If you live in a major city which happens to be blessed by immigrants from Ethiopia, you may already have been exposed to a little of that country’s fascinating culture and cuisine. One of the African nations with the oldest continuous literate culture, it is also one of the two countries that first embraced Christianity; Ethiopia competes with Armenia for the title of oldest and the longest-persecuted Christian church. Like Armenia, Ethiopia was largely converted to Christianity in the fourth century, and spent most of its history surrounded by hostile, non-Christian neighbors. Keeping the faith in each of these countries was a slow and painful battle, generating dozens of saints and martyrs whose names have come down us—but which, sadly, we cannot pronounce:
Krikor Loosavorich (Armenia)
Gabra Manfas Queddus (Ethiopia)
Mesrop Mashtots (Armenia)
Takla Haymanot of Shoa (Ethiopia)
Vartan Mamikonian (Armenia)
Try to read off a litany of these saints really quickly, especially after a few glasses of the Ethiopian honey wine tej, and you’ll appreciate one of the difficulties Christians in these countries endured. Oh yes—and both nations were surrounded by aggressive, Islamic neighbors. That never helps.
Tej is a form of fermented honey drink similar to English mead, flavored with ground up leaves of the gesho plant. In its native land, tej is served at bars called tej abet. It’s spicier and often drier than mead, but sweet enough to serve as a counterbalance to the often spicy hot cuisine that Ethiopians enjoy. If you’ve never eaten with Ethiopians, you’ll benefit from this little dining tip: Wash your hands before eating, because they’re what you’ll be using. Like Europeans before Marco Polo, the Ethiopians eat with their fingers—and their mothers don’t rebuke them, because it’s the custom. All food is served as dollops of meat or vegetables doused with piquant sauces, arranged on large, flat pieces of spongy bread called injera, made from an African grain called teff. You grab a piece of the bread, wrap it around some of the entrée, and pop it in your mouth. Then, since it’s quite spicy enough to burn an American palate, you douse your mouth with a sip of refreshing tej. Repeat the process, trying a variety of dishes such as doro wat (chicken stew with hard boiled eggs), sega wat (diced lamb), or my favorite Ethiopian dish, kitfo (raw steak, ground with cayenne pepper, served with farmer’s cheese—see recipe). As you might guess, in the case of kitfo, freshness is important; best not to use old, scavenged carcasses of cattle you found by the side of the road in preparing this one. Save that for a good, old-fashioned American shepherd’s pie.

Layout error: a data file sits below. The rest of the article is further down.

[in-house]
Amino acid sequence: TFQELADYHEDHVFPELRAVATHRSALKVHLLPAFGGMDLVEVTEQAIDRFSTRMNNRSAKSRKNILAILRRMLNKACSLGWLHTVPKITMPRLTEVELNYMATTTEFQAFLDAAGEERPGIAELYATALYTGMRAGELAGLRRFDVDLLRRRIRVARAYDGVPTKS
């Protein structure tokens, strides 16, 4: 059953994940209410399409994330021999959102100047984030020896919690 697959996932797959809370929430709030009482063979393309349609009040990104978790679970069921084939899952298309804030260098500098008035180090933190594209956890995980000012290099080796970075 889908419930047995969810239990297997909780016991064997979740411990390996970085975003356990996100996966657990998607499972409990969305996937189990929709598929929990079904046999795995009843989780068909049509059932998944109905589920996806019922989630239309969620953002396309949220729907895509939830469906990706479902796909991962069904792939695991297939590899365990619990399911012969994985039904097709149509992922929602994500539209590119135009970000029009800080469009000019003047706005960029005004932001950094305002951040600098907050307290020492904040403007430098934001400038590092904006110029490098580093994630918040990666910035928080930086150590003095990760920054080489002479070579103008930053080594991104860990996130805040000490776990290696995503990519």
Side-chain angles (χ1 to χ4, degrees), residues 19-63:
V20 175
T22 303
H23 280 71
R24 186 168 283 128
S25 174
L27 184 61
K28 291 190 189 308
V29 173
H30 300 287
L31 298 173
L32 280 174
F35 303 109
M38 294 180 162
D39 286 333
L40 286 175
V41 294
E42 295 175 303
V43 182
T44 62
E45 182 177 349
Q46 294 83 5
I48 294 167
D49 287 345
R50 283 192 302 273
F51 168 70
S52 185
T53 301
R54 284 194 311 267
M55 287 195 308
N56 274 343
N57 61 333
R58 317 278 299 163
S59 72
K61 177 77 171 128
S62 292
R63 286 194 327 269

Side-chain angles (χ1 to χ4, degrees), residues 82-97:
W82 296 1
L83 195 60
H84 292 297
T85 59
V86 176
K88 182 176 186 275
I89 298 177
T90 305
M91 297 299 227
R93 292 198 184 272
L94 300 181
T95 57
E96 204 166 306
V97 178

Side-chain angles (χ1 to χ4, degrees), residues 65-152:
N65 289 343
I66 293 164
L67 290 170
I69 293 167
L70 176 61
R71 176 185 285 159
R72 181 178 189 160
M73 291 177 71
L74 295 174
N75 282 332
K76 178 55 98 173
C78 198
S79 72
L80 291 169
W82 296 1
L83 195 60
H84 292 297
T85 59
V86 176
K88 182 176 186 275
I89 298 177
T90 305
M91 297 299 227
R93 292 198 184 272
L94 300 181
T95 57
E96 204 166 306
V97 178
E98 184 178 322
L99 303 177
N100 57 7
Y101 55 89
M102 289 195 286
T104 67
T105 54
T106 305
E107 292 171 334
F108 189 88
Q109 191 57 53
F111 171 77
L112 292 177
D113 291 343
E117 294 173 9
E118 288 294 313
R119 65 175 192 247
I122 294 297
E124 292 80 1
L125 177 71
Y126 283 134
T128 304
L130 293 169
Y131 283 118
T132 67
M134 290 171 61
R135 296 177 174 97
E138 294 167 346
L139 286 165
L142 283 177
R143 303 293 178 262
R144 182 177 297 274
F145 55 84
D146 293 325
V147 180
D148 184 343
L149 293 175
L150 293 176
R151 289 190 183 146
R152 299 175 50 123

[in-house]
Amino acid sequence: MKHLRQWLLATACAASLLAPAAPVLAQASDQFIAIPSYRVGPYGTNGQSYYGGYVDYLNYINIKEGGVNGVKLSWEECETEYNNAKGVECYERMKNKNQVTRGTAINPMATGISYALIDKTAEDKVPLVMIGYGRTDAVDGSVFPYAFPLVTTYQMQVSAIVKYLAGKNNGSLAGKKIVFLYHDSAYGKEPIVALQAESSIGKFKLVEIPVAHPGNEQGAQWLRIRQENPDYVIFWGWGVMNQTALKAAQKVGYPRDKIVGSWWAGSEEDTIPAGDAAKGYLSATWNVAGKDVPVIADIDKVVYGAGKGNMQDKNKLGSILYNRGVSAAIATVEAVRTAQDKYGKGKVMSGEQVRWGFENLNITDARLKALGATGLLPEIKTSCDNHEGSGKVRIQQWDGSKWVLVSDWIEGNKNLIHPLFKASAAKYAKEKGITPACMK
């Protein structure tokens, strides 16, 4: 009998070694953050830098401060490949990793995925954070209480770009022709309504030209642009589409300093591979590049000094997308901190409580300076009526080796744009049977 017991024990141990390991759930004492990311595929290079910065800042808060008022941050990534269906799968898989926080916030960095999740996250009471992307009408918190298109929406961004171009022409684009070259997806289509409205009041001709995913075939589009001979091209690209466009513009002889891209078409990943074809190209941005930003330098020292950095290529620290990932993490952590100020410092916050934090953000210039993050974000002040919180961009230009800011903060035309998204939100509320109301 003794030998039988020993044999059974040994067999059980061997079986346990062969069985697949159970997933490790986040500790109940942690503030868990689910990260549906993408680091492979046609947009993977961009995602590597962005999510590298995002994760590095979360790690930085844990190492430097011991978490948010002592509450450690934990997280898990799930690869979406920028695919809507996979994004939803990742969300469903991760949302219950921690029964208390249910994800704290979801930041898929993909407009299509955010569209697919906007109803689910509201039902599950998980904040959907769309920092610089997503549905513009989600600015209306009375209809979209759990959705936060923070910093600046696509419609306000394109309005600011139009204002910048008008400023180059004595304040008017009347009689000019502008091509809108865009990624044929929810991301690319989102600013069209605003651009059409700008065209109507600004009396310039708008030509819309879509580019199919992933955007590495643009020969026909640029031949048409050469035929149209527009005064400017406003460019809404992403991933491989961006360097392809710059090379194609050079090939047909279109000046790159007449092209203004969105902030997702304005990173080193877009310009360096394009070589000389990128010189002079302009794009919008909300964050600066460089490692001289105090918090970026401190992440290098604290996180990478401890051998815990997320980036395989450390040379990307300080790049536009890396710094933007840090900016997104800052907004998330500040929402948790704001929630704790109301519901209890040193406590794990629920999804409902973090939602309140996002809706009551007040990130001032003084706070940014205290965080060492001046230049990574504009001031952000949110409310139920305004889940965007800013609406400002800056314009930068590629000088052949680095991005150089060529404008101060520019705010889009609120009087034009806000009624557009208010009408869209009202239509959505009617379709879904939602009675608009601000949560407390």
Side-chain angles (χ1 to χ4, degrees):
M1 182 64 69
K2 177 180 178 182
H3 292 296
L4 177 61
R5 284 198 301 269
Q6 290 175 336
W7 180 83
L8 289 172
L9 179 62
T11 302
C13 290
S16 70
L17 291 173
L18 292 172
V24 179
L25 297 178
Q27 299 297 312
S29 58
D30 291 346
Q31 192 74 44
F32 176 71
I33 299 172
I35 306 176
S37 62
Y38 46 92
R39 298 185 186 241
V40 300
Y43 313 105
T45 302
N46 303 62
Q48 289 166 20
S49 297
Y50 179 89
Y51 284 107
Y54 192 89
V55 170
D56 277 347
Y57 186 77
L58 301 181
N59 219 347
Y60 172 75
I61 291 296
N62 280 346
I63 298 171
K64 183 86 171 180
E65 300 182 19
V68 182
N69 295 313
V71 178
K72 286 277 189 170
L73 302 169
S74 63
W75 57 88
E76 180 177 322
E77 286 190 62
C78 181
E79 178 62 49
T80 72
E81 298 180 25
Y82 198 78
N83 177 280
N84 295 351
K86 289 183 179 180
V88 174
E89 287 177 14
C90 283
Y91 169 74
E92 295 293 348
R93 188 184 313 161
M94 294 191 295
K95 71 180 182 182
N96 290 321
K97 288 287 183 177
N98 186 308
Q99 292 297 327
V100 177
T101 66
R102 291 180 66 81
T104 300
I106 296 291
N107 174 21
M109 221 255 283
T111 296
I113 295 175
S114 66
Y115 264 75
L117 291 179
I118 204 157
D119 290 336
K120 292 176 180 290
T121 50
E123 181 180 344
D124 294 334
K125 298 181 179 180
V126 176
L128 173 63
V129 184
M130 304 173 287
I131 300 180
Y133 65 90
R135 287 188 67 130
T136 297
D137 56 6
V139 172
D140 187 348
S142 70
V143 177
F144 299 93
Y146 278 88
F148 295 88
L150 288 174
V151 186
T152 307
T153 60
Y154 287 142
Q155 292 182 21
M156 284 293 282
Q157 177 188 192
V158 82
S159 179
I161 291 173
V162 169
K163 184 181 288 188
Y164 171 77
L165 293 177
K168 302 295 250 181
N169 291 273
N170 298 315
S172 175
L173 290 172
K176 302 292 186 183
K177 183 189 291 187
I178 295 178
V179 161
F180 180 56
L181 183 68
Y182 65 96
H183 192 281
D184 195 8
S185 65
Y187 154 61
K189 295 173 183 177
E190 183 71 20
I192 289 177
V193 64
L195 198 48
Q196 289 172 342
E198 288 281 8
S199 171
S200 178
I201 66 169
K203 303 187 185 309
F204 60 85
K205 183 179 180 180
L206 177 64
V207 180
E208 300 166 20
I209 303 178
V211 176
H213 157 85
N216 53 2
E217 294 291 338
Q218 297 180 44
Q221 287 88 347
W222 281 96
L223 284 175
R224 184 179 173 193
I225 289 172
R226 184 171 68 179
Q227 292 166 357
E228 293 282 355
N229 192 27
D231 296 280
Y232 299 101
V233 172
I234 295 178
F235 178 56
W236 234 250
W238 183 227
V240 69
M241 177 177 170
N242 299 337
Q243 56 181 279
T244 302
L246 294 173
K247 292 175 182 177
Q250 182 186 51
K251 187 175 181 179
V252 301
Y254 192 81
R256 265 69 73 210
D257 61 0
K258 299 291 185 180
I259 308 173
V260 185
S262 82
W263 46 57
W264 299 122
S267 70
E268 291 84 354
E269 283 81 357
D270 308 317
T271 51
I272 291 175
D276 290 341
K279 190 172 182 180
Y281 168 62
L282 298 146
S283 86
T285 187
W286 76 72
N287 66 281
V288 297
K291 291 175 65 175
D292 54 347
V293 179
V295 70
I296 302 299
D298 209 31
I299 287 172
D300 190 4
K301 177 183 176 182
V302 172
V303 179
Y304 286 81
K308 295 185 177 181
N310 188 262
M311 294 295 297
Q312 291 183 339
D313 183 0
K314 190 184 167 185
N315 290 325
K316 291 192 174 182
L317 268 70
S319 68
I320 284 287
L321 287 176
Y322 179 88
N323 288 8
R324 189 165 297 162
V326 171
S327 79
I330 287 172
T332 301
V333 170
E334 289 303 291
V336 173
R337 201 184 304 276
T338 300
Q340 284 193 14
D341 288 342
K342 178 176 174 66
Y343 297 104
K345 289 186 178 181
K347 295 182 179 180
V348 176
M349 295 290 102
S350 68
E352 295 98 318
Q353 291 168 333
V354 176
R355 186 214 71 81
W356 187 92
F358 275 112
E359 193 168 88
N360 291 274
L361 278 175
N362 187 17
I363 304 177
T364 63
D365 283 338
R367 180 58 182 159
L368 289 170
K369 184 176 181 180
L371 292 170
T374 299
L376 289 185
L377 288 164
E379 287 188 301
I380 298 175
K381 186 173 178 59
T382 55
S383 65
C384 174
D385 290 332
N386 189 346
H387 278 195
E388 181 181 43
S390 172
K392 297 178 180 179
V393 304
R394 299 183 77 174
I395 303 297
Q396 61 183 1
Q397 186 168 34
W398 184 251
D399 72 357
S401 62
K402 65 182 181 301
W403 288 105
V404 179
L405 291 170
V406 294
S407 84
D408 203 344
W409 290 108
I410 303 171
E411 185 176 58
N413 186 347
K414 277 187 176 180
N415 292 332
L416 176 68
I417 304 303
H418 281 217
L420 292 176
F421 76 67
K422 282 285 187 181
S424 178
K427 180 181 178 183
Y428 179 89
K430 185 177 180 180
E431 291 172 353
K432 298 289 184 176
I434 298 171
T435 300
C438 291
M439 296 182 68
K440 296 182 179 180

I’m told that in Ethiopian homes, a hostess traditionally balls up the food for each of her guests and pops it in their mouths. Since I’ve never traveled to that ancient, war-ravaged country, I haven’t experienced this myself, but I imagine it has important implications for etiquette, and might prove handy when entertaining contentious guests. How many of us have wished, while serving dinner to various crank friends we’ve collected like lint balls over the years, that we could interrupt someone’s monologue about the Middle East, Vatican II, or the “corpses of aliens frozen in the cellars of the Vatican” (a favorite of my one-time acquaintance Malachi Martin ) by stuffing their thundering pie hole with a bread roll. Well, in Ethiopia, you can! So perhaps the next time you find yourself faced with hosting cantankerous cousins, or conspiracy theorists from your charismatic choir, you should announce: that “Tonight, we’re eating Ethiopian style.” Confiscate the silverware, and hover around the table with the platter, feeding guests whenever they need to be silenced. This may make you feel like a mama bird facing a nest full of chirping chicks with gaping mouths, but resist the atavistic temptation to chew the food first and regurgitate it into their mouths. In Ethiopia at least, this simply isn’t done.